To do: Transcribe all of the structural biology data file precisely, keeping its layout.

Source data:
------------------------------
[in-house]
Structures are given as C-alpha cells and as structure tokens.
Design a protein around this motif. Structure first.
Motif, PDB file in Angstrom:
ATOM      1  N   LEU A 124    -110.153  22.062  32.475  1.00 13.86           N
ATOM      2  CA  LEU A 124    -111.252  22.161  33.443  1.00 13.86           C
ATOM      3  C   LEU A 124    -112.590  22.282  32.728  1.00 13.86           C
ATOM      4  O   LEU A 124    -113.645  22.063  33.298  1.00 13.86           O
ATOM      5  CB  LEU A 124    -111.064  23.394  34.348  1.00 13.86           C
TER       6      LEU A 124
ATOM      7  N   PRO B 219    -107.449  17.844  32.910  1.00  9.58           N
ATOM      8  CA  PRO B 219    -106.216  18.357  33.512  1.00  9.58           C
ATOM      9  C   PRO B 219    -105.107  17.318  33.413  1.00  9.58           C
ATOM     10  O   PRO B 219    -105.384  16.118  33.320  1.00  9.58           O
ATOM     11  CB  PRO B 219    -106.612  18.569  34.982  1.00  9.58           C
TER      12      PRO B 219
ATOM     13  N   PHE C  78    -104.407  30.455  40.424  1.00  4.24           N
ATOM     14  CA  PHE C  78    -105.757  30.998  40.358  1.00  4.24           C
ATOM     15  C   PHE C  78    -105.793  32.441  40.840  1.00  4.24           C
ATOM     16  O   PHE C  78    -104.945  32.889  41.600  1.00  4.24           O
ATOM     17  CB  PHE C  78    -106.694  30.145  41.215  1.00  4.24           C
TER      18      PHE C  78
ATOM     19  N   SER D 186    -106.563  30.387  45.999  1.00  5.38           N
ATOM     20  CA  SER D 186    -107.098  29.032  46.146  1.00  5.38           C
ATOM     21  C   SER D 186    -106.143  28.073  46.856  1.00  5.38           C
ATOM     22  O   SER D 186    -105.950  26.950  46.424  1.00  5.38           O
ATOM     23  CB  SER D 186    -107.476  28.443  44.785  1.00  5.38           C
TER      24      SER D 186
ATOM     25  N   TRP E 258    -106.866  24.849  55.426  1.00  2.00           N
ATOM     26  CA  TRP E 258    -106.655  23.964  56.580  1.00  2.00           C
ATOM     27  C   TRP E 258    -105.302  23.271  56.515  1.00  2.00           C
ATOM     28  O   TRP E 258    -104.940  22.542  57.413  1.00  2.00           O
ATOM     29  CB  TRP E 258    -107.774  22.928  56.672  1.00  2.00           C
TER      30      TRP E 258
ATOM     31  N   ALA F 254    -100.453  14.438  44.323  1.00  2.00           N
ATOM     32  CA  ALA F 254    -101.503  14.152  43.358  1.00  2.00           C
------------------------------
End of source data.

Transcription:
[in-house]
Structures are given as C-alpha cells and as structure tokens.
Design a protein around this motif. Structure first.
Motif, PDB file in Angstrom:
ATOM      1  N   LEU A 124    -110.153  22.062  32.475  1.00 13.86           N
ATOM      2  CA  LEU A 124    -111.252  22.161  33.443  1.00 13.86           C
ATOM      3  C   LEU A 124    -112.590  22.282  32.728  1.00 13.86           C
ATOM      4  O   LEU A 124    -113.645  22.063  33.298  1.00 13.86           O
ATOM      5  CB  LEU A 124    -111.064  23.394  34.348  1.00 13.86           C
TER       6      LEU A 124
ATOM      7  N   PRO B 219    -107.449  17.844  32.910  1.00  9.58           N
ATOM      8  CA  PRO B 219    -106.216  18.357  33.512  1.00  9.58           C
ATOM      9  C   PRO B 219    -105.107  17.318  33.413  1.00  9.58           C
ATOM     10  O   PRO B 219    -105.384  16.118  33.320  1.00  9.58           O
ATOM     11  CB  PRO B 219    -106.612  18.569  34.982  1.00  9.58           C
TER      12      PRO B 219
ATOM     13  N   PHE C  78    -104.407  30.455  40.424  1.00  4.24           N
ATOM     14  CA  PHE C  78    -105.757  30.998  40.358  1.00  4.24           C
ATOM     15  C   PHE C  78    -105.793  32.441  40.840  1.00  4.24           C
ATOM     16  O   PHE C  78    -104.945  32.889  41.600  1.00  4.24           O
ATOM     17  CB  PHE C  78    -106.694  30.145  41.215  1.00  4.24           C
TER      18      PHE C  78
ATOM     19  N   SER D 186    -106.563  30.387  45.999  1.00  5.38           N
ATOM     20  CA  SER D 186    -107.098  29.032  46.146  1.00  5.38           C
ATOM     21  C   SER D 186    -106.143  28.073  46.856  1.00  5.38           C
ATOM     22  O   SER D 186    -105.950  26.950  46.424  1.00  5.38           O
ATOM     23  CB  SER D 186    -107.476  28.443  44.785  1.00  5.38           C
TER      24      SER D 186
ATOM     25  N   TRP E 258    -106.866  24.849  55.426  1.00  2.00           N
ATOM     26  CA  TRP E 258    -106.655  23.964  56.580  1.00  2.00           C
ATOM     27  C   TRP E 258    -105.302  23.271  56.515  1.00  2.00           C
ATOM     28  O   TRP E 258    -104.940  22.542  57.413  1.00  2.00           O
ATOM     29  CB  TRP E 258    -107.774  22.928  56.672  1.00  2.00           C
TER      30      TRP E 258
ATOM     31  N   ALA F 254    -100.453  14.438  44.323  1.00  2.00           N
ATOM     32  CA  ALA F 254    -101.503  14.152  43.358  1.00  2.00           C